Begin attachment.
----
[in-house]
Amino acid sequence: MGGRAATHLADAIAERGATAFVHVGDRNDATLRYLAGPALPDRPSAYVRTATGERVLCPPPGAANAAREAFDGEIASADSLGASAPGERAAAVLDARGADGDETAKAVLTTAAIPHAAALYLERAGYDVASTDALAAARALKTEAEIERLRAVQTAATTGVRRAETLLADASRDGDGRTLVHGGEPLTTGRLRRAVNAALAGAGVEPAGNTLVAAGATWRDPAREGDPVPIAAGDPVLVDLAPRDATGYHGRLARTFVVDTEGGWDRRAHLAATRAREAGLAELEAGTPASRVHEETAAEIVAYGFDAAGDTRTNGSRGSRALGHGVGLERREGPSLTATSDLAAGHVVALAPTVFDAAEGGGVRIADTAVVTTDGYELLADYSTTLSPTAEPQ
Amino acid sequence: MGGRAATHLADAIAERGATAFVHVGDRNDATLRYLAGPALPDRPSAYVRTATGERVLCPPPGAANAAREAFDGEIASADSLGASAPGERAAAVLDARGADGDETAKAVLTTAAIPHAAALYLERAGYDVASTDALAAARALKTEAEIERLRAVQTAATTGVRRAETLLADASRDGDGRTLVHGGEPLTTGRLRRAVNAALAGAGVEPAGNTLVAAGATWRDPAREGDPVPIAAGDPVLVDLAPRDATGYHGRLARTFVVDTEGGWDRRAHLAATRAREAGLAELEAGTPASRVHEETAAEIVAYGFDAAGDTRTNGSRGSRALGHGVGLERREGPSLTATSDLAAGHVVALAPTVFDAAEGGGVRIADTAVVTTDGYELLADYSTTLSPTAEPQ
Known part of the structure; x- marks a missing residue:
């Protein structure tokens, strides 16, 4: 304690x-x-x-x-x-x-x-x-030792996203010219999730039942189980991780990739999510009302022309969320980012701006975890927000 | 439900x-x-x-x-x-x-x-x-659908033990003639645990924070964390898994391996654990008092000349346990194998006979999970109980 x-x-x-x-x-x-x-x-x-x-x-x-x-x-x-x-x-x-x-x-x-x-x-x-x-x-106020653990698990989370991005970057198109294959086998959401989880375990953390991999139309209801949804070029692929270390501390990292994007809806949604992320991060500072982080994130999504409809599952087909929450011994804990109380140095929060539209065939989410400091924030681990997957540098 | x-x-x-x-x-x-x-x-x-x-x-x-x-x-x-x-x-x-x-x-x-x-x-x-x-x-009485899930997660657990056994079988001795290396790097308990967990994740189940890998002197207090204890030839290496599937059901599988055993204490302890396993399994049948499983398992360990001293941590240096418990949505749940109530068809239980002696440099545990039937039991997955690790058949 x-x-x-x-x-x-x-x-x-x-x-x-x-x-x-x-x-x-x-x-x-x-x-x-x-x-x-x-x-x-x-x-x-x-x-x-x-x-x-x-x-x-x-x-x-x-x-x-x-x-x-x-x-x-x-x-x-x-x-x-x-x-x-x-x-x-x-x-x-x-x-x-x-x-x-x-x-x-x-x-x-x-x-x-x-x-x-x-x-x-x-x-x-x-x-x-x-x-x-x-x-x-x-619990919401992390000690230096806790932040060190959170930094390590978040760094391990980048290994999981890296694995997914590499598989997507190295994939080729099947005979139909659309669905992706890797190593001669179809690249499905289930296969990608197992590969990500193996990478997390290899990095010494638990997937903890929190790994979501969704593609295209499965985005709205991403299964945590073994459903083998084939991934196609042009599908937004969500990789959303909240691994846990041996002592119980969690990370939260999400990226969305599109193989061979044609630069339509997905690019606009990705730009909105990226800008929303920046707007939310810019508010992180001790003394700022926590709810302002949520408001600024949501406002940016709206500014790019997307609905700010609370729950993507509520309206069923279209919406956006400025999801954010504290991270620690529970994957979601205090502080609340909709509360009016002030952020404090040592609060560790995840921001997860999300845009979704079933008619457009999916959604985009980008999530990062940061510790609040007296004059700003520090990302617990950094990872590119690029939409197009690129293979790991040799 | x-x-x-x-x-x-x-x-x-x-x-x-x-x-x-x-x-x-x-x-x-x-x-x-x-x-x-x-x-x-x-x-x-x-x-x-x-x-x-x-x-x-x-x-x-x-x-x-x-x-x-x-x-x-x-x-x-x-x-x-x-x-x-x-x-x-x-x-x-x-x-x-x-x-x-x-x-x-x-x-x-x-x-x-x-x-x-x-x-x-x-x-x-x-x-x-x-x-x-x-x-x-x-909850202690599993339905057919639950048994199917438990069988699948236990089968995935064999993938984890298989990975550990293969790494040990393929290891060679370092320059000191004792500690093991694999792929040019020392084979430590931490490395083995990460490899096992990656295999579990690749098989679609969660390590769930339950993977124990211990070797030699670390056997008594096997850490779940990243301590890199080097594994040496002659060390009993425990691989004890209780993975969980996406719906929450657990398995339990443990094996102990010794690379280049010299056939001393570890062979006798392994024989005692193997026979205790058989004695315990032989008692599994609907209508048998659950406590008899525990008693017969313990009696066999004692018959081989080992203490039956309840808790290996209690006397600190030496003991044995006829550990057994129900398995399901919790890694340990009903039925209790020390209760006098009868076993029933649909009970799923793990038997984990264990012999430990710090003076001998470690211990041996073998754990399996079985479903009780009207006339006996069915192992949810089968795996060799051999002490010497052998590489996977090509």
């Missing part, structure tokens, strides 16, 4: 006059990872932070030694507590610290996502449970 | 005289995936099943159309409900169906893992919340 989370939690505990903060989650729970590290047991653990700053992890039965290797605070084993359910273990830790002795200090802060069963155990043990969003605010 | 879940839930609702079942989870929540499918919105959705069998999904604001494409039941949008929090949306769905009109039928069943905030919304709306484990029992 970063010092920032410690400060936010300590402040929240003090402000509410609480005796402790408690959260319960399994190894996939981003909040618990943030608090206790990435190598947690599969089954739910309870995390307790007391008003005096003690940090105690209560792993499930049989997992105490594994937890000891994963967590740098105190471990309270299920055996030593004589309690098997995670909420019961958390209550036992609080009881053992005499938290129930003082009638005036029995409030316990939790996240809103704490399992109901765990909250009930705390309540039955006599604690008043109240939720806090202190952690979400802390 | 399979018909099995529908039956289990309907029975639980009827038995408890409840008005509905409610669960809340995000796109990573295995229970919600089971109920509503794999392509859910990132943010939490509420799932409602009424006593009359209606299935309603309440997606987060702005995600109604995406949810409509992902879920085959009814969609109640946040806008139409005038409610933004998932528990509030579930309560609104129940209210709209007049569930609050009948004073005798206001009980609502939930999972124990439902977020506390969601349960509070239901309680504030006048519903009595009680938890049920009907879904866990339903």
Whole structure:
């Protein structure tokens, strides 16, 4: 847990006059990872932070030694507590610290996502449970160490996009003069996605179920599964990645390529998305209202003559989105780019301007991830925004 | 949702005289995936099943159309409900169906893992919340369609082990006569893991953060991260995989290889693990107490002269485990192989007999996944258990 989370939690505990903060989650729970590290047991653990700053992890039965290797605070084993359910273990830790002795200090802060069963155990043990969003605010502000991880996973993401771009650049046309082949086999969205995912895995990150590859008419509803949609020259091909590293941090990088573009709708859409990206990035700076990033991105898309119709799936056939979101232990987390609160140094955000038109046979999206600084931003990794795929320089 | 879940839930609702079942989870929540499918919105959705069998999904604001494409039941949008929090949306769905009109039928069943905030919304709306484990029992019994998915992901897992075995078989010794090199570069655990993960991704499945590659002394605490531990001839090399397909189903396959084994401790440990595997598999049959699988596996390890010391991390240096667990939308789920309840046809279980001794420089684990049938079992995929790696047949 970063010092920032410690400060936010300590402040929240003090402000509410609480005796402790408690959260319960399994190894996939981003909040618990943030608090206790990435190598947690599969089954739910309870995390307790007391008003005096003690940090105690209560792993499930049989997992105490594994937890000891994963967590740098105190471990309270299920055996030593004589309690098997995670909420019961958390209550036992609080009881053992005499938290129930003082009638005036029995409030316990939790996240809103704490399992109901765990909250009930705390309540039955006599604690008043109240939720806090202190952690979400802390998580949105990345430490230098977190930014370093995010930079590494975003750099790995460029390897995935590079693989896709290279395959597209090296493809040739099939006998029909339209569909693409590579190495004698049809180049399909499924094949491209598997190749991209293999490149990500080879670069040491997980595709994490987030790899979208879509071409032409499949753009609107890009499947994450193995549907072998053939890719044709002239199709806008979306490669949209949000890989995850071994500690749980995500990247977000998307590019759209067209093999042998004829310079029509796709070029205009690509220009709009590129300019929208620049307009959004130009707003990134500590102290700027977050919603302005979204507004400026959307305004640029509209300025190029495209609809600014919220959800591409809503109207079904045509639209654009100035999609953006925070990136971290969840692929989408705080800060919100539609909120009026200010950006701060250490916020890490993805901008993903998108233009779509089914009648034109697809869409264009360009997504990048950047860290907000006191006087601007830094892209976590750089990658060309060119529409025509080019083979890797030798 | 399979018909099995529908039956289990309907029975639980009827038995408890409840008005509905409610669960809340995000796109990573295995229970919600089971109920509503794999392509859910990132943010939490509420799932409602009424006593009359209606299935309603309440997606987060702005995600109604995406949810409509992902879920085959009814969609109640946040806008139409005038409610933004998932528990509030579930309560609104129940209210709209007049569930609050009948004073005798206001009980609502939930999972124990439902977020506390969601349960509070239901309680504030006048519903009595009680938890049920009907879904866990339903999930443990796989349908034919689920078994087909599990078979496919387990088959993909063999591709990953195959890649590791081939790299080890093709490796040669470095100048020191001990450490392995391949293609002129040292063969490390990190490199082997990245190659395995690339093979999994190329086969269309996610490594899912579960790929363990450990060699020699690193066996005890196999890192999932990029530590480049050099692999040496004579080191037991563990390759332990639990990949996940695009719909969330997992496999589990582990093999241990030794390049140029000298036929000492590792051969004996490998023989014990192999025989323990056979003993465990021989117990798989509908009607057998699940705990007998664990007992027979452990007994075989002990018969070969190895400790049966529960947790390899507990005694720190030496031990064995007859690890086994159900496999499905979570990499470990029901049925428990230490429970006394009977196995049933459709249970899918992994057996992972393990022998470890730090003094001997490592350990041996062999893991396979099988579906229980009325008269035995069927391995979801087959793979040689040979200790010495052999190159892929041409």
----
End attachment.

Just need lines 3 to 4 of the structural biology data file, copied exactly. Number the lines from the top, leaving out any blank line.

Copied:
Amino acid sequence: MGGRAATHLADAIAERGATAFVHVGDRNDATLRYLAGPALPDRPSAYVRTATGERVLCPPPGAANAAREAFDGEIASADSLGASAPGERAAAVLDARGADGDETAKAVLTTAAIPHAAALYLERAGYDVASTDALAAARALKTEAEIERLRAVQTAATTGVRRAETLLADASRDGDGRTLVHGGEPLTTGRLRRAVNAALAGAGVEPAGNTLVAAGATWRDPAREGDPVPIAAGDPVLVDLAPRDATGYHGRLARTFVVDTEGGWDRRAHLAATRAREAGLAELEAGTPASRVHEETAAEIVAYGFDAAGDTRTNGSRGSRALGHGVGLERREGPSLTATSDLAAGHVVALAPTVFDAAEGGGVRIADTAVVTTDGYELLADYSTTLSPTAEPQ
Known part of the structure; x- marks a missing residue: